Visitors are invited to “hike into history” at a Vermont historic site that Yankee magazine has named the best in New England for doing just that.
On Sunday, August 1st, at 2:00 p.m., Steve Zeoli will lead another of his popular hikes into history at the Mount Independence State Historic Site in Orwell.
“Steve is the president of the Mount Independence Coalition and a former caretaker at the site, so he really knows both the trails and the history behind them,” said Elsa Gilbertson, Regional Site Administrator with the Vermont Division for Historic Preservation.
Visitors will get an in depth look at what can be found along the Orange and Baldwin Trails and learn what was happening during the American Revolution at this important military site.
The site is a National Historic Landmark and has been named a 2010 Editors’ Choice in Yankee Magazine’s Travel Guide to New England, winning the “Best Hike Through History.”
In 1776, the sprawling military complex at Mount Independence was one of the largest communities in North America after some 12,000 soldiers built a massive fort to defend against an anticipated British attack from the north.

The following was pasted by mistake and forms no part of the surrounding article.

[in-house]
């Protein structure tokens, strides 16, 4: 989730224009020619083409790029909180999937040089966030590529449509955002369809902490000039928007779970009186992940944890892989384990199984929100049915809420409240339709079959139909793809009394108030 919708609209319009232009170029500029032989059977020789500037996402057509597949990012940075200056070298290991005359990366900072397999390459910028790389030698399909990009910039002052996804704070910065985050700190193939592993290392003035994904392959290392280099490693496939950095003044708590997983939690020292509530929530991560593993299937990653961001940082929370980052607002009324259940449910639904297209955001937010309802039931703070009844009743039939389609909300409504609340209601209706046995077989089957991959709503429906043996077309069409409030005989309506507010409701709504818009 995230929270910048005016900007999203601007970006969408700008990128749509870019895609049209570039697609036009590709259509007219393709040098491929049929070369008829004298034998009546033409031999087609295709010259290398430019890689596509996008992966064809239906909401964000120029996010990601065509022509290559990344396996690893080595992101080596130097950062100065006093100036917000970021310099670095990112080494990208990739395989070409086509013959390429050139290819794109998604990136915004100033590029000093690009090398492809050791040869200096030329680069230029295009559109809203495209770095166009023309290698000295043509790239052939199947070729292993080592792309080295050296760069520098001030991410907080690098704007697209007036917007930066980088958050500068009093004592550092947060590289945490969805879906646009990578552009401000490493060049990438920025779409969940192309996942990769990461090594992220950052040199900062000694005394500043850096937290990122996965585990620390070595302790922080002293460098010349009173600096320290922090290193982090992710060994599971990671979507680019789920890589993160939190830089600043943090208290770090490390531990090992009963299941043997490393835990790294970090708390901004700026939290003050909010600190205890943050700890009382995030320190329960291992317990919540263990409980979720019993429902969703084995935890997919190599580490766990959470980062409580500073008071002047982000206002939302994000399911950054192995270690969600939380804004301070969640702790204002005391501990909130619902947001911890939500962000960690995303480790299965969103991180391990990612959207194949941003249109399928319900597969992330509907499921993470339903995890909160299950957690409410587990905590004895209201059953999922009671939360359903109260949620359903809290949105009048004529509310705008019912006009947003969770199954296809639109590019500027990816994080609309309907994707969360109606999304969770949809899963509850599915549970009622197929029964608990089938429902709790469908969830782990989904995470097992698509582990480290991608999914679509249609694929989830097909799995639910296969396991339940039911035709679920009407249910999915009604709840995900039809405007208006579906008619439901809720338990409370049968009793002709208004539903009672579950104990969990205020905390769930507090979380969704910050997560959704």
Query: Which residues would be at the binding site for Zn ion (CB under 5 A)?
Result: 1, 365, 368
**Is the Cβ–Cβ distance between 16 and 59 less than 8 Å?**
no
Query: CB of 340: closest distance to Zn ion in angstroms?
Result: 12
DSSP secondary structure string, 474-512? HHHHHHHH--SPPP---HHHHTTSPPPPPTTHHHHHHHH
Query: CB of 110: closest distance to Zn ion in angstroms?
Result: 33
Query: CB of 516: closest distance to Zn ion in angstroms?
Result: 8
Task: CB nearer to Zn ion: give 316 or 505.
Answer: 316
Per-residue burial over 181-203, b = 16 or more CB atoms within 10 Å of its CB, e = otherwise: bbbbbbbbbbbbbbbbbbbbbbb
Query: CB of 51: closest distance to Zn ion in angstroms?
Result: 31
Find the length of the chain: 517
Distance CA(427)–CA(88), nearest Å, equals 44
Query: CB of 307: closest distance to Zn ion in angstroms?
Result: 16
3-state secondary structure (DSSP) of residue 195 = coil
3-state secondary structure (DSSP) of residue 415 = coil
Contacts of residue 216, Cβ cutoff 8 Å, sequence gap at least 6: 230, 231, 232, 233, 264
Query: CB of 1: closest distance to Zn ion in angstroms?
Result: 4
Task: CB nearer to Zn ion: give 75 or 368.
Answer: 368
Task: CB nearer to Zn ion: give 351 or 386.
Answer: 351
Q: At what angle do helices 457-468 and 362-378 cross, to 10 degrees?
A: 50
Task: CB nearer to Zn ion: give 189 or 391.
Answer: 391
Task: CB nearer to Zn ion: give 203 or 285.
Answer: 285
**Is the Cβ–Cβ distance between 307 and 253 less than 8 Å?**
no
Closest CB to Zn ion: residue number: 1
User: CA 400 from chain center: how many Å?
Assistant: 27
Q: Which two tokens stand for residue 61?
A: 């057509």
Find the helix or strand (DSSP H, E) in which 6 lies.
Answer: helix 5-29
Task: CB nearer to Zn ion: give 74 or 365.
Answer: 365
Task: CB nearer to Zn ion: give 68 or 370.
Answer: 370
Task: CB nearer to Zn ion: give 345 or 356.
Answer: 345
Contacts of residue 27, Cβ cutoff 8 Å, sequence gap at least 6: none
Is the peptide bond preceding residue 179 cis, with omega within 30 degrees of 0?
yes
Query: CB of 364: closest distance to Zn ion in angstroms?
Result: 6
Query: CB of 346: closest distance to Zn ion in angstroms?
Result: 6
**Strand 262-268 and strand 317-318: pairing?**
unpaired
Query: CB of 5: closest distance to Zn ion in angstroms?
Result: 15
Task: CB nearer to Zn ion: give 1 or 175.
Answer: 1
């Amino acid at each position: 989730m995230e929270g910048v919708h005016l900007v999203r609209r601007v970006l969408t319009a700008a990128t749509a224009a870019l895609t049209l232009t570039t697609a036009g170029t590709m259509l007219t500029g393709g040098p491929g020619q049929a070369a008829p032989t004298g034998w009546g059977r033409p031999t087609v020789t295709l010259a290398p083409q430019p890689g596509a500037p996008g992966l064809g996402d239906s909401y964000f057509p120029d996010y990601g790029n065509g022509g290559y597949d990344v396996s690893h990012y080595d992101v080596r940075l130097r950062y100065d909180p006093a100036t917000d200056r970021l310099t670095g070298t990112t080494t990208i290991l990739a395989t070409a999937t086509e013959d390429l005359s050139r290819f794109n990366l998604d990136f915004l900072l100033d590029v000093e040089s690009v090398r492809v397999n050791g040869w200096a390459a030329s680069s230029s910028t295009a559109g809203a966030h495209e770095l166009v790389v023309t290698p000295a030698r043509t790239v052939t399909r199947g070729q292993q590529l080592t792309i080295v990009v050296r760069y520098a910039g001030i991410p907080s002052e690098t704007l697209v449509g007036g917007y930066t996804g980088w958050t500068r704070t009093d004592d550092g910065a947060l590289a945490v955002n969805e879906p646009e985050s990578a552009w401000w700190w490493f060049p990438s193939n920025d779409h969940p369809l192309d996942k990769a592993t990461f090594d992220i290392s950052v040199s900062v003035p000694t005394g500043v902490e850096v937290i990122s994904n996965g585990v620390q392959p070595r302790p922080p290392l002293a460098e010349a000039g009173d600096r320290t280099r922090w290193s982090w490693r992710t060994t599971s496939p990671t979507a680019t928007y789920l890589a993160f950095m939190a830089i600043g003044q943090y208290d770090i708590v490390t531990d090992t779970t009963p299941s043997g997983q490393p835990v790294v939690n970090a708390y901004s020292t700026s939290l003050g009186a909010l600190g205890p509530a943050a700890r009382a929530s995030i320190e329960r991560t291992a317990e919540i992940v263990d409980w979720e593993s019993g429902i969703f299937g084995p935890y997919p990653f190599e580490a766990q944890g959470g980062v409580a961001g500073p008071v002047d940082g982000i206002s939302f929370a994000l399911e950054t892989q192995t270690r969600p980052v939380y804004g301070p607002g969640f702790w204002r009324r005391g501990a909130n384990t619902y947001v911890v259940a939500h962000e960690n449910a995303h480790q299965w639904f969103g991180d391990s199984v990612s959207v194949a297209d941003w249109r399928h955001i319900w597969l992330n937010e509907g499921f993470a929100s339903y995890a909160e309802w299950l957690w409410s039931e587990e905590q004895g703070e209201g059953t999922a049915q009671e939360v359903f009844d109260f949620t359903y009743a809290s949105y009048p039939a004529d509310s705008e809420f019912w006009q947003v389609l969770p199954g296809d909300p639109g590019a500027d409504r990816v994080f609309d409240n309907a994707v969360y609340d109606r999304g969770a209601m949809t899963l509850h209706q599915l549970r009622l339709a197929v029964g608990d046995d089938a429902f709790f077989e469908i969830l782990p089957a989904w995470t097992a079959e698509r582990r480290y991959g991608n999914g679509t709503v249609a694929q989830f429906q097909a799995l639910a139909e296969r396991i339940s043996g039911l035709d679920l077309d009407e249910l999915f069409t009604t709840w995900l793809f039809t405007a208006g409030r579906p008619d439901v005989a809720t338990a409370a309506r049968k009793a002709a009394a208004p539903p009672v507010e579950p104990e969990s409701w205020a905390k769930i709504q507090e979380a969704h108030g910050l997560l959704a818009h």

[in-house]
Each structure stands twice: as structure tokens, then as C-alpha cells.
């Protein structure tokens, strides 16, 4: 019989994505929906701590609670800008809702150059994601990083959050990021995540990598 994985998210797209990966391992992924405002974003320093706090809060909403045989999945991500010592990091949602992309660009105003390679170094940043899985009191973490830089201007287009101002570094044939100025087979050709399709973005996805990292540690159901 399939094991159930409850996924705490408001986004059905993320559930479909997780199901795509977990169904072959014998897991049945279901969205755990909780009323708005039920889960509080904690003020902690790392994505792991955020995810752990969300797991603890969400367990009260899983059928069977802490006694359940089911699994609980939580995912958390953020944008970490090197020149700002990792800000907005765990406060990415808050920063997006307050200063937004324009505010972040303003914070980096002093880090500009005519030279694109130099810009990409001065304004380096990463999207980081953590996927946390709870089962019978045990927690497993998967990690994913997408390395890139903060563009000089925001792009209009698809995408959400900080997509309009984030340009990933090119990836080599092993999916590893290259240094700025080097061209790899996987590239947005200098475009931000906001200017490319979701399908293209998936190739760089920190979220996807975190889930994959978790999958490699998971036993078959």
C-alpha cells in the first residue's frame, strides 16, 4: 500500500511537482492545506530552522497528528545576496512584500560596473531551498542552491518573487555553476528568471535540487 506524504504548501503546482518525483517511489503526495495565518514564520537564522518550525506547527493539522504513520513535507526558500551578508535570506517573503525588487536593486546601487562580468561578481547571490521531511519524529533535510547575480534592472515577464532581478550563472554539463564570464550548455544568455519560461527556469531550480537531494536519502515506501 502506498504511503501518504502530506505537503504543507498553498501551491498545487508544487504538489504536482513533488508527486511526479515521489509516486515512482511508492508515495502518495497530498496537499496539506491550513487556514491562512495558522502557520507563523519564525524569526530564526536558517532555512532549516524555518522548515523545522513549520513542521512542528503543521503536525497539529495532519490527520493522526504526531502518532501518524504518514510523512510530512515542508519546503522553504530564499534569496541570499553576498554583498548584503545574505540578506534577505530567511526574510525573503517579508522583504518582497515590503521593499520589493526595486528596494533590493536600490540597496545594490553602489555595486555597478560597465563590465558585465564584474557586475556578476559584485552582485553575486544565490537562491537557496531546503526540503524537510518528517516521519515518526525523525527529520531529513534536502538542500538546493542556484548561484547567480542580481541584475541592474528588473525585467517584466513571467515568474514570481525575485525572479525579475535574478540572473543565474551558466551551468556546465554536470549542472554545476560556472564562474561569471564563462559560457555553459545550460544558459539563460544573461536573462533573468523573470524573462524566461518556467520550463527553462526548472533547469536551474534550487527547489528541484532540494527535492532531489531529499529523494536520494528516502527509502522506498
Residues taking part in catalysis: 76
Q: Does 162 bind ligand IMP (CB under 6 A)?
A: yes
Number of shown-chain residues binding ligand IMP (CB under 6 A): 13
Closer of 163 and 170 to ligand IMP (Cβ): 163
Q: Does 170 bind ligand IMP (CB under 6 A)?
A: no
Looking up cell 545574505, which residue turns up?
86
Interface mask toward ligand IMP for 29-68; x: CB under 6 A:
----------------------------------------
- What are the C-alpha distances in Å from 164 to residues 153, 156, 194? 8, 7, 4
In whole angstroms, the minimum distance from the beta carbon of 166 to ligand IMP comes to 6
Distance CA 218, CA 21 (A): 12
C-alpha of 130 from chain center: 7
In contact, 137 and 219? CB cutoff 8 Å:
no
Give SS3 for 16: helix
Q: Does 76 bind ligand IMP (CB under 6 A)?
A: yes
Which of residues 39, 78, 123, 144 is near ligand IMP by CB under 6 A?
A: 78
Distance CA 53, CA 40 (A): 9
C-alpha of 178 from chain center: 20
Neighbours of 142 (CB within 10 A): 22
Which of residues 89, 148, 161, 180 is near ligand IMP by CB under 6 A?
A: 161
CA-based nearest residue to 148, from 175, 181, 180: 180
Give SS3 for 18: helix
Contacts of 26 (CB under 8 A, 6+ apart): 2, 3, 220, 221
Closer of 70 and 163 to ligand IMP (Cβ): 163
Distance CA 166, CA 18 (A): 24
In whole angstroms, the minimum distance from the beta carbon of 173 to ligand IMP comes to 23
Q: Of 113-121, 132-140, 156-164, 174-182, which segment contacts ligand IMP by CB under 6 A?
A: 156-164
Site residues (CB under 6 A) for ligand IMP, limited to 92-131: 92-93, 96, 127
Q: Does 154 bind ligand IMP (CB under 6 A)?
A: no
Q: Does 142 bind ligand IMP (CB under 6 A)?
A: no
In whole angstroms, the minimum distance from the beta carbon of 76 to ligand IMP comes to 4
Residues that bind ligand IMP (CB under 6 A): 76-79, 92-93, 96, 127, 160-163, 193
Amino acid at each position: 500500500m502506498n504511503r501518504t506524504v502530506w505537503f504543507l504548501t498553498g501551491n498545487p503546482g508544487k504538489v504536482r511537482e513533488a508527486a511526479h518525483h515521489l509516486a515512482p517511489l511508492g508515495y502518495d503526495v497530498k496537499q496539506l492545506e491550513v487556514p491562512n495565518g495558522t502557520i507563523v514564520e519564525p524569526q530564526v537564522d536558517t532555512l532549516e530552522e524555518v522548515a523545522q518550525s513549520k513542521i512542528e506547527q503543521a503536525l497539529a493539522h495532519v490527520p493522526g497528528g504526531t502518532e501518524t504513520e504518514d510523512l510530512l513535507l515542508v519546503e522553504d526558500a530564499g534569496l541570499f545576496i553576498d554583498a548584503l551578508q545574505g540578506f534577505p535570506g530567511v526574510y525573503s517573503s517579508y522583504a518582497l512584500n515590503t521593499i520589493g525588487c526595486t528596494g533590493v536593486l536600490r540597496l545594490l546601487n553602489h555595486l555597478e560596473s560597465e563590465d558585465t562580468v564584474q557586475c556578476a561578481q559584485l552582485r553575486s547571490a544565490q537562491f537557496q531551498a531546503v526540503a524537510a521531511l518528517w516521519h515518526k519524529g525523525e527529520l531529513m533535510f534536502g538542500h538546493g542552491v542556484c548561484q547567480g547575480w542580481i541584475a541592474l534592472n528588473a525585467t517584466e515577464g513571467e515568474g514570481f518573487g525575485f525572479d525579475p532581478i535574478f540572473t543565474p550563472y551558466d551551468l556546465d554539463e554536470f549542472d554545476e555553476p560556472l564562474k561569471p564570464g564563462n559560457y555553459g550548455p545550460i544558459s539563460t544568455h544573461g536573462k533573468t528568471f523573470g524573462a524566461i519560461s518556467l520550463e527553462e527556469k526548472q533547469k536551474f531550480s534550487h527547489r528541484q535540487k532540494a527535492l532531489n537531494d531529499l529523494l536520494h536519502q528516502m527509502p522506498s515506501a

On the night of July 5, 1777, General Arthur St. Clair withdrew the American army from Mount Independence and nearby Fort Ticonderoga without firing a shot after a British force more than twice his size occupied high ground from which they could bombard him with impunity.
The British and Germans occupied Mount Independence until November of that year.
While the Baldwin Trail meets outdoor standards for handicapped accessibility, participants are urged to wear sturdy shoes and dress for the weather.
Admission is $5.00 for adults and free for children under 15, and includes the guided walk, access to all the trails, and a visit to the air-conditioned visitor center with its exciting exhibits.
Call (802) 948-2000 for more information or visit www.historicvermont.org/sites.
Illustration: Mural of Mount Independence 1776-1777, by Ernest Haas
Commissioned by the Mount Independence Coalition. On display at Mount Independence State Historic Site in Orwell, Vermont.